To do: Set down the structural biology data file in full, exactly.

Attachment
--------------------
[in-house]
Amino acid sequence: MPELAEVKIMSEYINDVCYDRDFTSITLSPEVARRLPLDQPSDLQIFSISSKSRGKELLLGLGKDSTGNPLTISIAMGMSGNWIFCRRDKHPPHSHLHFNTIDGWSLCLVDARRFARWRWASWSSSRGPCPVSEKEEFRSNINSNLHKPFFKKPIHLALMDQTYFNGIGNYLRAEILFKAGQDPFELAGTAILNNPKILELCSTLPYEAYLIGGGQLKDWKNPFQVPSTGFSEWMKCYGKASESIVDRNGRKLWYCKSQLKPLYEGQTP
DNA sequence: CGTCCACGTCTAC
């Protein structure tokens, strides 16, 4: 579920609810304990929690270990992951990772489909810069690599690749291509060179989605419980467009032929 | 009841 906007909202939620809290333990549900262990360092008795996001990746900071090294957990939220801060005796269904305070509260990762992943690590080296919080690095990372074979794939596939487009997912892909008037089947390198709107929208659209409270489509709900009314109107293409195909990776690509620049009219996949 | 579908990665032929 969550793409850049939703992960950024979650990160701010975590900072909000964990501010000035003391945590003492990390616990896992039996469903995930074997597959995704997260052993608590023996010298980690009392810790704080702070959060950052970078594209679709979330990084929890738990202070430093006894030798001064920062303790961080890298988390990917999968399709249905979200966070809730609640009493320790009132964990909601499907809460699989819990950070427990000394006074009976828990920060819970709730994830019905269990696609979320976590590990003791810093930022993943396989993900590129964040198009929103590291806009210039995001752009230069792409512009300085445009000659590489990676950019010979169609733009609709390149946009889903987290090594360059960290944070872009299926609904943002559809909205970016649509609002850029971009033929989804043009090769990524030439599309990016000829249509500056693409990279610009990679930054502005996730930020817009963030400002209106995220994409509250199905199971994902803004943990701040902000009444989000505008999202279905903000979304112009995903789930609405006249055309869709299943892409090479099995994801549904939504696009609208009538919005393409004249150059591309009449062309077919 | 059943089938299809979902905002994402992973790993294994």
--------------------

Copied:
[in-house]
Amino acid sequence: MPELAEVKIMSEYINDVCYDRDFTSITLSPEVARRLPLDQPSDLQIFSISSKSRGKELLLGLGKDSTGNPLTISIAMGMSGNWIFCRRDKHPPHSHLHFNTIDGWSLCLVDARRFARWRWASWSSSRGPCPVSEKEEFRSNINSNLHKPFFKKPIHLALMDQTYFNGIGNYLRAEILFKAGQDPFELAGTAILNNPKILELCSTLPYEAYLIGGGQLKDWKNPFQVPSTGFSEWMKCYGKASESIVDRNGRKLWYCKSQLKPLYEGQTP
DNA sequence: CGTCCACGTCTAC
């Protein structure tokens, strides 16, 4: 579920609810304990929690270990992951990772489909810069690599690749291509060179989605419980467009032929 | 009841 906007909202939620809290333990549900262990360092008795996001990746900071090294957990939220801060005796269904305070509260990762992943690590080296919080690095990372074979794939596939487009997912892909008037089947390198709107929208659209409270489509709900009314109107293409195909990776690509620049009219996949 | 579908990665032929 969550793409850049939703992960950024979650990160701010975590900072909000964990501010000035003391945590003492990390616990896992039996469903995930074997597959995704997260052993608590023996010298980690009392810790704080702070959060950052970078594209679709979330990084929890738990202070430093006894030798001064920062303790961080890298988390990917999968399709249905979200966070809730609640009493320790009132964990909601499907809460699989819990950070427990000394006074009976828990920060819970709730994830019905269990696609979320976590590990003791810093930022993943396989993900590129964040198009929103590291806009210039995001752009230069792409512009300085445009000659590489990676950019010979169609733009609709390149946009889903987290090594360059960290944070872009299926609904943002559809909205970016649509609002850029971009033929989804043009090769990524030439599309990016000829249509500056693409990279610009990679930054502005996730930020817009963030400002209106995220994409509250199905199971994902803004943990701040902000009444989000505008999202279905903000979304112009995903789930609405006249055309869709299943892409090479099995994801549904939504696009609208009538919005393409004249150059591309009449062309077919 | 059943089938299809979902905002994402992973790993294994």